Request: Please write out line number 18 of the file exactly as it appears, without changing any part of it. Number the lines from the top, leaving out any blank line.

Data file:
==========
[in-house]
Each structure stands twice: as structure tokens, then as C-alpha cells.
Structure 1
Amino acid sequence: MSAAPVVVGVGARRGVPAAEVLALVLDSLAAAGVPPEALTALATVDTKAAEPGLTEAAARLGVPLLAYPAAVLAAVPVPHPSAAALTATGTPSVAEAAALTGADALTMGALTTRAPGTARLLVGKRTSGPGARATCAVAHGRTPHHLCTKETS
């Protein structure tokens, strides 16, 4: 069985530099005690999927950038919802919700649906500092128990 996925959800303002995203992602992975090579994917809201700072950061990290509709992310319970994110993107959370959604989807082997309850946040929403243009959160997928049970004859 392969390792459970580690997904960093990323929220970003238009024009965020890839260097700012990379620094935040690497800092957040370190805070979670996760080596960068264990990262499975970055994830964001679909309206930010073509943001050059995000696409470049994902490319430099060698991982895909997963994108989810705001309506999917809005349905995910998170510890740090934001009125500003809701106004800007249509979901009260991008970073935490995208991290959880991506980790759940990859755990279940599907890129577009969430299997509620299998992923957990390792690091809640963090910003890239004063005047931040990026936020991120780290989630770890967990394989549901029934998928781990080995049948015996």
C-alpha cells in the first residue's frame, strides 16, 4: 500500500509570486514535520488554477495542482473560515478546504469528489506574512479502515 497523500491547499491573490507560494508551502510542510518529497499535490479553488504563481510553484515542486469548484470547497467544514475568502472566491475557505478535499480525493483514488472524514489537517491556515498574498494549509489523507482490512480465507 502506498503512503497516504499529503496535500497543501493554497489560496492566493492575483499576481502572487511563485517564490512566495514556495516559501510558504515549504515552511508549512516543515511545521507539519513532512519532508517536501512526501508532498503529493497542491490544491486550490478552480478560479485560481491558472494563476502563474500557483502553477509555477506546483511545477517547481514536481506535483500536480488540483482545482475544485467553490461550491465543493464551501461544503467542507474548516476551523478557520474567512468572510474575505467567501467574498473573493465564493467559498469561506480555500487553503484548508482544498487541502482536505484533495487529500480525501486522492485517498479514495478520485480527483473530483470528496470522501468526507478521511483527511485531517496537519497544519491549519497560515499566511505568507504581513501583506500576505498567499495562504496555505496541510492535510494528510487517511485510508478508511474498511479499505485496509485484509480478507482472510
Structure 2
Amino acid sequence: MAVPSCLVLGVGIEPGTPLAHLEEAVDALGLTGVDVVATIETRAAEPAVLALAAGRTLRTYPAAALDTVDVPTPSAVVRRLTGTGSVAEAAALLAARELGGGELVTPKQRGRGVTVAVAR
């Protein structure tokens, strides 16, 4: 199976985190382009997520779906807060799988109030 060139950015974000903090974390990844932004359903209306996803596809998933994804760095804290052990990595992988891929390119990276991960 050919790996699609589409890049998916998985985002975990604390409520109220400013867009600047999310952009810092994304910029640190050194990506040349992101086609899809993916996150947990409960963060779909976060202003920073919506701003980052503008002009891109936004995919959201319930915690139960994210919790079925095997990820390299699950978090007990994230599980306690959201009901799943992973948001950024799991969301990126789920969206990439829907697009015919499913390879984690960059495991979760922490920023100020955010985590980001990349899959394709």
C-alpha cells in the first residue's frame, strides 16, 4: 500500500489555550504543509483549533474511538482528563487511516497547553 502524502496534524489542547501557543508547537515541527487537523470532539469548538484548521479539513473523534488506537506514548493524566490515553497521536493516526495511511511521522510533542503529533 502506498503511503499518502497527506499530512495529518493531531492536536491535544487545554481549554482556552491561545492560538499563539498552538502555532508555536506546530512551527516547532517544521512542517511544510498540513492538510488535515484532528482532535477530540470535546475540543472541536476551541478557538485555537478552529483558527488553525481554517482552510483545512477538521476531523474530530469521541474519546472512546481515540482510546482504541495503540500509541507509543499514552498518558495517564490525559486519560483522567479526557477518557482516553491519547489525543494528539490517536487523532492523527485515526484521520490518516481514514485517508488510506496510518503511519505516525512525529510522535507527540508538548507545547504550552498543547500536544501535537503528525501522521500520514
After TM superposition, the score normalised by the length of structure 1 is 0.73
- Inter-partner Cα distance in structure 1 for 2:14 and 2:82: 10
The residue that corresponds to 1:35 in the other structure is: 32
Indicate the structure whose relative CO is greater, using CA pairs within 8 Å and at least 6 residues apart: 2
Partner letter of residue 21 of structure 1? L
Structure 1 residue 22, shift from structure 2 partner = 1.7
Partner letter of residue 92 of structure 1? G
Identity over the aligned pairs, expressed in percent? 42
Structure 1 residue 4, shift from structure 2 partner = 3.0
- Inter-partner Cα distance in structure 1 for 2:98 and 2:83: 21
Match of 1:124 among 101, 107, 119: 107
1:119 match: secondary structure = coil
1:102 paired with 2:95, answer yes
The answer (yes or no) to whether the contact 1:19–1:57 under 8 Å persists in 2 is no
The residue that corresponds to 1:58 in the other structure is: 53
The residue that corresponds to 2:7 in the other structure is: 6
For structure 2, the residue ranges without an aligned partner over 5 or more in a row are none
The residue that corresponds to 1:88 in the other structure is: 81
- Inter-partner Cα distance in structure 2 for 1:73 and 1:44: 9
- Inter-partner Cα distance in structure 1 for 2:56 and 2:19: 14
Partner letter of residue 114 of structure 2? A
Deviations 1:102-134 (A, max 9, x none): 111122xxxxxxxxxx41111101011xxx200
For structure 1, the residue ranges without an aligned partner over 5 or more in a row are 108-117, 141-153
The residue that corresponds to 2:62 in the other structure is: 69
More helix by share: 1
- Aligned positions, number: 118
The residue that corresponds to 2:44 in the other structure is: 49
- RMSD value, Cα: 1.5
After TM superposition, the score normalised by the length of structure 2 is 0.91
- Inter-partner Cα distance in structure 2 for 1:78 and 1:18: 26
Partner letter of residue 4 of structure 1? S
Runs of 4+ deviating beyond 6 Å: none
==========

Identity over the aligned pairs, expressed in percent? 42